Stocks bounced back on Tuesday from the lowest levels since July as investors eyed bargains in battered tech stocks while tracking inflation pressures in the global economy.
The Dow Jones Industrial Average jumped 438 points, or 1.3%, to 34,441 while the broader S&P 500, which started the session 5% south of its September 2 peak, gained 1.39%.
The Nasdaq gained 1.56% even as benchmark 10-year note yields rose to 1.524% in early New York trading.
Stocks were also given a boost from a stronger-than-expected reading of September services activity, the biggest component to U.S. GDP growth, which rose by 1 point to 61.9, well above the 50 point mark that separates growth from contraction.
Facebook shares climbed as the social media giant slowly returns to full service following its longest outage in more than a decade.
Meanwhile, Facebook whistleblower Frances Haugen testified before Congress.
Haugen, who was hired as a product manager on the civic misinformation team at Facebook, told a Senate subcommittee that the social media giant “put their astronomical profits before people” and asked for congressional action to rein in the company.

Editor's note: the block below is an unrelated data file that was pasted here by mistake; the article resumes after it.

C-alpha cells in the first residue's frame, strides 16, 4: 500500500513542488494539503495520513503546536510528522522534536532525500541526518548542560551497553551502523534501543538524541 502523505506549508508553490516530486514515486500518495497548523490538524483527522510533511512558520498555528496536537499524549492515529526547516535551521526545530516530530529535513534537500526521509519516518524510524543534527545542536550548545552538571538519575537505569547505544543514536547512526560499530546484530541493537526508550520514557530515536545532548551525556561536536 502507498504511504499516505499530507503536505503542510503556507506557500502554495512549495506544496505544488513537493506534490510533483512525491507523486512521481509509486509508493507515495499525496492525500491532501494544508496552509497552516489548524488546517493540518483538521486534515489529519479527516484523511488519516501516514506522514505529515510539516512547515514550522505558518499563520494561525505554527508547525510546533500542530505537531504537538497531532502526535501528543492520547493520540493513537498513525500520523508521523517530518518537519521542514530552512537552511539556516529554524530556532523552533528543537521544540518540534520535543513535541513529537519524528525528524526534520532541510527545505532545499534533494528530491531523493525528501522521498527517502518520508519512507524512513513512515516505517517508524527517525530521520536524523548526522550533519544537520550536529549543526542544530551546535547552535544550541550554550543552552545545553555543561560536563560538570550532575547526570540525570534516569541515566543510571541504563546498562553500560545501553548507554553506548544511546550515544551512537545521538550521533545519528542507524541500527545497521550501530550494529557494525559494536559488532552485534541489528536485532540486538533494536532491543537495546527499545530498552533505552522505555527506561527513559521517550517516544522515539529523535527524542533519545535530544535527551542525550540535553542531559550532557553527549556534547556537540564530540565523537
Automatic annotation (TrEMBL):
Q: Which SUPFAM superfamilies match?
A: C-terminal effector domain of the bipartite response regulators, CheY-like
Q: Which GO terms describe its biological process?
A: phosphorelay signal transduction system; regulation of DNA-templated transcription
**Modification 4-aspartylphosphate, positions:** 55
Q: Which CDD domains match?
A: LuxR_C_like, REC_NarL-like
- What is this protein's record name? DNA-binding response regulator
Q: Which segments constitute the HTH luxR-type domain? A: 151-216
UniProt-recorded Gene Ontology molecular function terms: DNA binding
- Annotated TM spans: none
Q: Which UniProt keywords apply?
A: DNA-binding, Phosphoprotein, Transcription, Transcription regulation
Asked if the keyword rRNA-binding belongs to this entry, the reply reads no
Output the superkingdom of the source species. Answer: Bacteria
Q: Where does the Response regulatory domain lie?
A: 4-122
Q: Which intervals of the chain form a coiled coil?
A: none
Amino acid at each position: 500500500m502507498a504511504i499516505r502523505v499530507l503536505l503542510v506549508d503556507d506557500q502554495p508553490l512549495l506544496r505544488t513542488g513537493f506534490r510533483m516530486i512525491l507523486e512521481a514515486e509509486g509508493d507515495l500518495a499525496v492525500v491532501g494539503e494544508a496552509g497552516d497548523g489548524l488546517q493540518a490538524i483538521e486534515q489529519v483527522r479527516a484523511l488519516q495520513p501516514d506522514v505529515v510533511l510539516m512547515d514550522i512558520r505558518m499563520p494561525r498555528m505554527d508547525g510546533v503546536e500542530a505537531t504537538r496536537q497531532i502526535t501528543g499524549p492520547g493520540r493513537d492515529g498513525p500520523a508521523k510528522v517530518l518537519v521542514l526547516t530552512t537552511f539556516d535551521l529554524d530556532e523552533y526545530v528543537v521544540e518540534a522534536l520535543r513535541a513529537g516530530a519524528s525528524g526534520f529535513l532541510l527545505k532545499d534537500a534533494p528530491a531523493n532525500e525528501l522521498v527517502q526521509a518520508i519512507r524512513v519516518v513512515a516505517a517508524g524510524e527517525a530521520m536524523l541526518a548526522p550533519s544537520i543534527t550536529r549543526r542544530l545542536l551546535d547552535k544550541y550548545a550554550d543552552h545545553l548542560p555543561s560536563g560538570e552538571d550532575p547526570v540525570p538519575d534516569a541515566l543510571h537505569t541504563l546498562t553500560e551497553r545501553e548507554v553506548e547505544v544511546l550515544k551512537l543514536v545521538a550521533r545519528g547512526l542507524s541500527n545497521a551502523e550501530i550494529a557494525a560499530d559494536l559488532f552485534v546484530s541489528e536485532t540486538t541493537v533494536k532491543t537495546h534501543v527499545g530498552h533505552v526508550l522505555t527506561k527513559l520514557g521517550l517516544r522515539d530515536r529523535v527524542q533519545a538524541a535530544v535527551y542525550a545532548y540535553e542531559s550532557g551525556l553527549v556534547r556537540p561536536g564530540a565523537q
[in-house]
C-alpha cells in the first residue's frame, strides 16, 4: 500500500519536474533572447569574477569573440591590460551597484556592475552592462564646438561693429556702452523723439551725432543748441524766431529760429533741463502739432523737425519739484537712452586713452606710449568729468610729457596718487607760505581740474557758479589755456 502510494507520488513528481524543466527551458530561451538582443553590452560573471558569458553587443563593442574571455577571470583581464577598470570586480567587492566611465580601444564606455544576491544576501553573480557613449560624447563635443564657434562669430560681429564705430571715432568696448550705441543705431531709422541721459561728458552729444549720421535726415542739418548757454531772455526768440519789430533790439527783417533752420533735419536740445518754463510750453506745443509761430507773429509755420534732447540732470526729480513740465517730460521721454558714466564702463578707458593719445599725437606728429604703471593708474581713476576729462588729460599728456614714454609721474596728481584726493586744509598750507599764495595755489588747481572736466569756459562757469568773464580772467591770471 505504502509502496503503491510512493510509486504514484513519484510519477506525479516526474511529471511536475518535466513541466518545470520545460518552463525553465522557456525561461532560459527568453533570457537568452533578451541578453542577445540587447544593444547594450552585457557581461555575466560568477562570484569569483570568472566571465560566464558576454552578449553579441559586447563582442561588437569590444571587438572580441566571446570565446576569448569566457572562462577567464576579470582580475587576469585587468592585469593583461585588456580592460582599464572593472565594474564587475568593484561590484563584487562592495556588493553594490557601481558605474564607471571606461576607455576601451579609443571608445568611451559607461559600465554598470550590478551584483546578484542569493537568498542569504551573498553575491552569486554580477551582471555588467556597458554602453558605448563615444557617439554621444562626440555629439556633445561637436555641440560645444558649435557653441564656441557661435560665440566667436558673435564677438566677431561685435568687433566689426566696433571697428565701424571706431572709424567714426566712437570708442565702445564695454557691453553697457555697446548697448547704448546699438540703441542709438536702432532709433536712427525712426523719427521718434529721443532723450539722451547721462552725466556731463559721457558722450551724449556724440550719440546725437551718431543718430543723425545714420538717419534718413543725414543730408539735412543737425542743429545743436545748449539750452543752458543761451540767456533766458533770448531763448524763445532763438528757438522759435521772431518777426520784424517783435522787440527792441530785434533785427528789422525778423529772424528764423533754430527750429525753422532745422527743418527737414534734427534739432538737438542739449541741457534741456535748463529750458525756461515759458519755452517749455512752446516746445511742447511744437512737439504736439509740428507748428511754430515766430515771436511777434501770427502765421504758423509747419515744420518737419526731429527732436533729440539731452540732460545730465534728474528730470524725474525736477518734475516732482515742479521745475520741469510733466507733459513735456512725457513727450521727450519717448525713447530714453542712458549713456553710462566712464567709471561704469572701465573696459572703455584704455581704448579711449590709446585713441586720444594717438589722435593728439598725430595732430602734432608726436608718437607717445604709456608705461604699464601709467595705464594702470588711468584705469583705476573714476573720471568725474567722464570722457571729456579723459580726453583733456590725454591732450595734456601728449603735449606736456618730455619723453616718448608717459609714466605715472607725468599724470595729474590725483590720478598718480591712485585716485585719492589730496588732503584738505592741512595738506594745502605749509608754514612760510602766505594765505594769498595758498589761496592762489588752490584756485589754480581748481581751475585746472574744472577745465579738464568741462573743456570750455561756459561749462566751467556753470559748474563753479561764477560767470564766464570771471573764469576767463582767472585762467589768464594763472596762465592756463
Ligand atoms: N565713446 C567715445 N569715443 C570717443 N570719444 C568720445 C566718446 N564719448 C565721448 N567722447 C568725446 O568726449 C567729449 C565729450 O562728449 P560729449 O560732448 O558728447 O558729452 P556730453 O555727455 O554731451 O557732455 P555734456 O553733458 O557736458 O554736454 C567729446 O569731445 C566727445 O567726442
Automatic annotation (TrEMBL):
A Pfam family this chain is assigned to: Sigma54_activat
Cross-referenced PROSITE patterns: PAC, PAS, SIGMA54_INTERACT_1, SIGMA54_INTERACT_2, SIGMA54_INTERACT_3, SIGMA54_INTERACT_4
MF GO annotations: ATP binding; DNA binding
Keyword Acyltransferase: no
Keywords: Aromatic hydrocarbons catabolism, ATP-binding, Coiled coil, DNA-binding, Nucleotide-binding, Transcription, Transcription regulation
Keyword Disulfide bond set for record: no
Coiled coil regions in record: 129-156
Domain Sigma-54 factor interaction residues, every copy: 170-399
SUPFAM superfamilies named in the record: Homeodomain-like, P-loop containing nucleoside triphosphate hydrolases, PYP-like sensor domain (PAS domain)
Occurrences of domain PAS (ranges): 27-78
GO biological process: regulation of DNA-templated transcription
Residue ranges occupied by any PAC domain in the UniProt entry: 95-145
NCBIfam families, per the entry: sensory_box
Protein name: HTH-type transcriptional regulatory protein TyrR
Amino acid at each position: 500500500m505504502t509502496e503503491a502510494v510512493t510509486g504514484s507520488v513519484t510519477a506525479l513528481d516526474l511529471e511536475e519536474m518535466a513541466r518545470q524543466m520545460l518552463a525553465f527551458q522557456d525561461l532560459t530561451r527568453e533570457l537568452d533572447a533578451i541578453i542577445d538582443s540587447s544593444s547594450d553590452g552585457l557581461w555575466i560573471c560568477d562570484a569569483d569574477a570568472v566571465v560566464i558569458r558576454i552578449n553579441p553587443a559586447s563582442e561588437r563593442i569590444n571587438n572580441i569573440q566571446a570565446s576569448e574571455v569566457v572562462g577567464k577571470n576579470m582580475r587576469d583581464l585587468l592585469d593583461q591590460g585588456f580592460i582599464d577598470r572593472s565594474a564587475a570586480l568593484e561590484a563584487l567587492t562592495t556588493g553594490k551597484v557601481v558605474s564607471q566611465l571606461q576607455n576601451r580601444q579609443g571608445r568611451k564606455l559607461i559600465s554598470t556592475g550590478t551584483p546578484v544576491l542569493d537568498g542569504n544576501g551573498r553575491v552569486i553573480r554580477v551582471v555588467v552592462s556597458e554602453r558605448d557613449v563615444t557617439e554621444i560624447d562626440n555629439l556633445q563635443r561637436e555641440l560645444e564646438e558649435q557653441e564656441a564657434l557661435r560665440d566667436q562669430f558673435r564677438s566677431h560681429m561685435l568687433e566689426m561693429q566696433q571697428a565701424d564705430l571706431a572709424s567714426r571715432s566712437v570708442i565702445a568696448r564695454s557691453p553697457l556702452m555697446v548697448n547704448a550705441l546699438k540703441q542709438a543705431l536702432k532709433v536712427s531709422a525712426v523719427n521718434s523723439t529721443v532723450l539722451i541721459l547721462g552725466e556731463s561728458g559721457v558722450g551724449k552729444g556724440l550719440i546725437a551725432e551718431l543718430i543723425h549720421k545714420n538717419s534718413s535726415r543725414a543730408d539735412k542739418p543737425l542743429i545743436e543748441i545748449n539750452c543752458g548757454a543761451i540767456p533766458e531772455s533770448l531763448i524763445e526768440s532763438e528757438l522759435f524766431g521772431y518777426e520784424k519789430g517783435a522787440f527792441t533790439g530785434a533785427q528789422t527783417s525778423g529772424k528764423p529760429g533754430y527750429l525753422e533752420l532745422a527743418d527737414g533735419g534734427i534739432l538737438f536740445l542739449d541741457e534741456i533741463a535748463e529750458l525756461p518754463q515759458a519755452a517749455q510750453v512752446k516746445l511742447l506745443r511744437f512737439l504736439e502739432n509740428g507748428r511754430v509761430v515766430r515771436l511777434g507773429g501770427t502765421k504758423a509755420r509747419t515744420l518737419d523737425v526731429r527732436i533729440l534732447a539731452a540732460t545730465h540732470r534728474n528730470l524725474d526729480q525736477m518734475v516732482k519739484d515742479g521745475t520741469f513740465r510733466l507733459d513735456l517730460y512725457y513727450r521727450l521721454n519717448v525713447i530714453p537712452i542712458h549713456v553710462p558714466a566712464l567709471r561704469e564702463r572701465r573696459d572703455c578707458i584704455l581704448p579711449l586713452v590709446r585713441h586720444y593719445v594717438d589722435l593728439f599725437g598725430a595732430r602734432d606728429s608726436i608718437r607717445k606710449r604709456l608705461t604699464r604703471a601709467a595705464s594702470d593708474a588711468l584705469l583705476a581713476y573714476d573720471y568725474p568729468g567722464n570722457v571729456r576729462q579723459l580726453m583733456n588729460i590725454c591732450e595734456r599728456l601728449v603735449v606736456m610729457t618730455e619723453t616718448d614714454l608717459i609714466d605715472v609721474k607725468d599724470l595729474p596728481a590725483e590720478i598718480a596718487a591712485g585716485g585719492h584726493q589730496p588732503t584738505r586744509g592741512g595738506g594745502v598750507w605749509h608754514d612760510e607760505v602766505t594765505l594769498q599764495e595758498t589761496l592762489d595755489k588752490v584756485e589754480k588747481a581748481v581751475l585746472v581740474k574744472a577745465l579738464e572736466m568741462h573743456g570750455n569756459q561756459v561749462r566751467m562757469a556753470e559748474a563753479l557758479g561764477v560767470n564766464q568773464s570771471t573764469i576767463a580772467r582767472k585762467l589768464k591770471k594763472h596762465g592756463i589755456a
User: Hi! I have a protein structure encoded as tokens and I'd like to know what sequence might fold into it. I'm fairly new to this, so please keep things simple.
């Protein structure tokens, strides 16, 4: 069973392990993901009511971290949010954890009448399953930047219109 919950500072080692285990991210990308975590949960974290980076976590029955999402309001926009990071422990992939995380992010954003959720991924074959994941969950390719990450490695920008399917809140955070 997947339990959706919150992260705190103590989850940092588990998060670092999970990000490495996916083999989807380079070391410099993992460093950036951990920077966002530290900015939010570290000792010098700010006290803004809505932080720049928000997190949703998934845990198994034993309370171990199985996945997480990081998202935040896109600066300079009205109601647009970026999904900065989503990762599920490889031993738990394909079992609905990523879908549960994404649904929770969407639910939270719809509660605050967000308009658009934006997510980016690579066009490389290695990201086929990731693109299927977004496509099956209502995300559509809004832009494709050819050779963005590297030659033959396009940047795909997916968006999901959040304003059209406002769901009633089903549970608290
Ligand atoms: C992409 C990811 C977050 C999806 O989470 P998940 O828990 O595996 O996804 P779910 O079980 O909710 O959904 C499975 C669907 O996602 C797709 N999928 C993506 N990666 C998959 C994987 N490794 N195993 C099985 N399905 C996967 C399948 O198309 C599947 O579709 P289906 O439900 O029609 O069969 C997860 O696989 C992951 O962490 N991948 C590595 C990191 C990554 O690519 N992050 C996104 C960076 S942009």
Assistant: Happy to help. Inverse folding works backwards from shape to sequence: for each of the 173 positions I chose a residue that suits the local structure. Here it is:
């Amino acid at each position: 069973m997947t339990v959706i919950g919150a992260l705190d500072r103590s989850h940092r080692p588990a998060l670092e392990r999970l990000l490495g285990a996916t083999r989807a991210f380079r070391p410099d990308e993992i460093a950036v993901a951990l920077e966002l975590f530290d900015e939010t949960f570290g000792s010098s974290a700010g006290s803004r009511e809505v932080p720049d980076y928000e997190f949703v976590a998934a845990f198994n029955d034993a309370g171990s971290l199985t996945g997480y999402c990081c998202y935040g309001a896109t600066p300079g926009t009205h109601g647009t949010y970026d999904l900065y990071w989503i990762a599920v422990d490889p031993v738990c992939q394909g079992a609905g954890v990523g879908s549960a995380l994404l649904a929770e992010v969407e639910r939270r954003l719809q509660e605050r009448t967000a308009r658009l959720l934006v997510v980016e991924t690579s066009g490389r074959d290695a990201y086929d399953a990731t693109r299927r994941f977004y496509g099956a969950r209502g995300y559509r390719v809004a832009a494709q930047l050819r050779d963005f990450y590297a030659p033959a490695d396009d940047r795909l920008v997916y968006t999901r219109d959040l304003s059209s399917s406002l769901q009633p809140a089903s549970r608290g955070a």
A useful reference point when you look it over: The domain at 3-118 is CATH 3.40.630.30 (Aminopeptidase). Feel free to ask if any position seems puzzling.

PepsiCo rose after the consumer brands company topped Wall Street’s third-quarter earnings forecast, and nudged its full-year revenue forecast modestly higher, thanks in part to an ongoing rebound in post-pandemic beverage demand.
Shares of Johnson & Johnson advanced after the drugmaker filed for formal FDA approval of its COVID-19 booster shot.
Oil prices extended gains Tuesday following Monday’s decision by OPEC leaders to stick to its previous plans for a small increase in production even as a rolling energy crisis in China continues to boost commodities in major markets around the world.
WTI futures for November delivery rose 1.84% to $79.05 per barrel while Brent contracts for December, the global pricing benchmark, were up $1.83 at $82.75 per barrel.
This article was originally published by TheStreet.